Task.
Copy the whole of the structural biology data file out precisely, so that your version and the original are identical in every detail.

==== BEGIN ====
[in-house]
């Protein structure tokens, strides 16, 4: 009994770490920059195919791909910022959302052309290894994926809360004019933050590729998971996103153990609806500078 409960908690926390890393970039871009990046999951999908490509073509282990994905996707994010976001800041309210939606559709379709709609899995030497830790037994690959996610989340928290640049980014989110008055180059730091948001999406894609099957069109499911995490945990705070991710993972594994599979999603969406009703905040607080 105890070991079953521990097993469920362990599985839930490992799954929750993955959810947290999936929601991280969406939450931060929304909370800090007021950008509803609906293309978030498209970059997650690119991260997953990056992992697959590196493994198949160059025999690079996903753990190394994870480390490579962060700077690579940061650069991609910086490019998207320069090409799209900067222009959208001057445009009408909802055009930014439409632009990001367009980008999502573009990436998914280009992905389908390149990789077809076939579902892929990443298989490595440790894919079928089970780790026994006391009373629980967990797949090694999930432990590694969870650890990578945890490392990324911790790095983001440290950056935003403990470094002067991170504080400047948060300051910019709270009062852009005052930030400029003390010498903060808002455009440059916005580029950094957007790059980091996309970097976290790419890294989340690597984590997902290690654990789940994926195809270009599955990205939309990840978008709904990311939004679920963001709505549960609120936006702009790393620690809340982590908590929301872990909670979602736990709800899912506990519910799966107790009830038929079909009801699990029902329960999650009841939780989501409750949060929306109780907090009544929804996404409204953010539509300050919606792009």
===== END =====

[in-house]
């Protein structure tokens, strides 16, 4: 009994770490920059195919791909910022959302052309290894994926809360004019933050590729998971996103153990609806500078 409960908690926390890393970039871009990046999951999908490509073509282990994905996707994010976001800041309210939606559709379709709609899995030497830790037994690959996610989340928290640049980014989110008055180059730091948001999406894609099957069109499911995490945990705070991710993972594994599979999603969406009703905040607080 105890070991079953521990097993469920362990599985839930490992799954929750993955959810947290999936929601991280969406939450931060929304909370800090007021950008509803609906293309978030498209970059997650690119991260997953990056992992697959590196493994198949160059025999690079996903753990190394994870480390490579962060700077690579940061650069991609910086490019998207320069090409799209900067222009959208001057445009009408909802055009930014439409632009990001367009980008999502573009990436998914280009992905389908390149990789077809076939579902892929990443298989490595440790894919079928089970780790026994006391009373629980967990797949090694999930432990590694969870650890990578945890490392990324911790790095983001440290950056935003403990470094002067991170504080400047948060300051910019709270009062852009005052930030400029003390010498903060808002455009440059916005580029950094957007790059980091996309970097976290790419890294989340690597984590997902290690654990789940994926195809270009599955990205939309990840978008709904990311939004679920963001709505549960609120936006702009790393620690809340982590908590929301872990909670979602736990709800899912506990519910799966107790009830038929079909009801699990029902329960999650009841939780989501409750949060929306109780907090009544929804996404409204953010539509300050919606792009």